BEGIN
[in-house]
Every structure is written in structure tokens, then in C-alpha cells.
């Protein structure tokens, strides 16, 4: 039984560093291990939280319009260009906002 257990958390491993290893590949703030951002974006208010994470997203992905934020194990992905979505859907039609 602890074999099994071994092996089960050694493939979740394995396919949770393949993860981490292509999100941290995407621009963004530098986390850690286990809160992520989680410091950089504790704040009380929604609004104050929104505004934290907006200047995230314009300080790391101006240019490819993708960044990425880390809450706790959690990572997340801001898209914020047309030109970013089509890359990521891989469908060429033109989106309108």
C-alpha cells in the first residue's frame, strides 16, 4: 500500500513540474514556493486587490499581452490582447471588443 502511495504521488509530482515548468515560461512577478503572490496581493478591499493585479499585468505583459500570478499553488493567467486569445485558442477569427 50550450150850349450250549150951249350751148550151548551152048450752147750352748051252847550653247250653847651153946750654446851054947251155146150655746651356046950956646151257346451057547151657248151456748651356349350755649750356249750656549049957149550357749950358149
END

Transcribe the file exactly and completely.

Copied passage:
[in-house]
Every structure is written in structure tokens, then in C-alpha cells.
């Protein structure tokens, strides 16, 4: 039984560093291990939280319009260009906002 257990958390491993290893590949703030951002974006208010994470997203992905934020194990992905979505859907039609 602890074999099994071994092996089960050694493939979740394995396919949770393949993860981490292509999100941290995407621009963004530098986390850690286990809160992520989680410091950089504790704040009380929604609004104050929104505004934290907006200047995230314009300080790391101006240019490819993708960044990425880390809450706790959690990572997340801001898209914020047309030109970013089509890359990521891989469908060429033109989106309108």
C-alpha cells in the first residue's frame, strides 16, 4: 500500500513540474514556493486587490499581452490582447471588443 502511495504521488509530482515548468515560461512577478503572490496581493478591499493585479499585468505583459500570478499553488493567467486569445485558442477569427 50550450150850349450250549150951249350751148550151548551152048450752147750352748051252847550653247250653847651153946750654446851054947251155146150655746651356046950956646151257346451057547151657248151456748651356349350755649750356249750656549049957149550357749950358149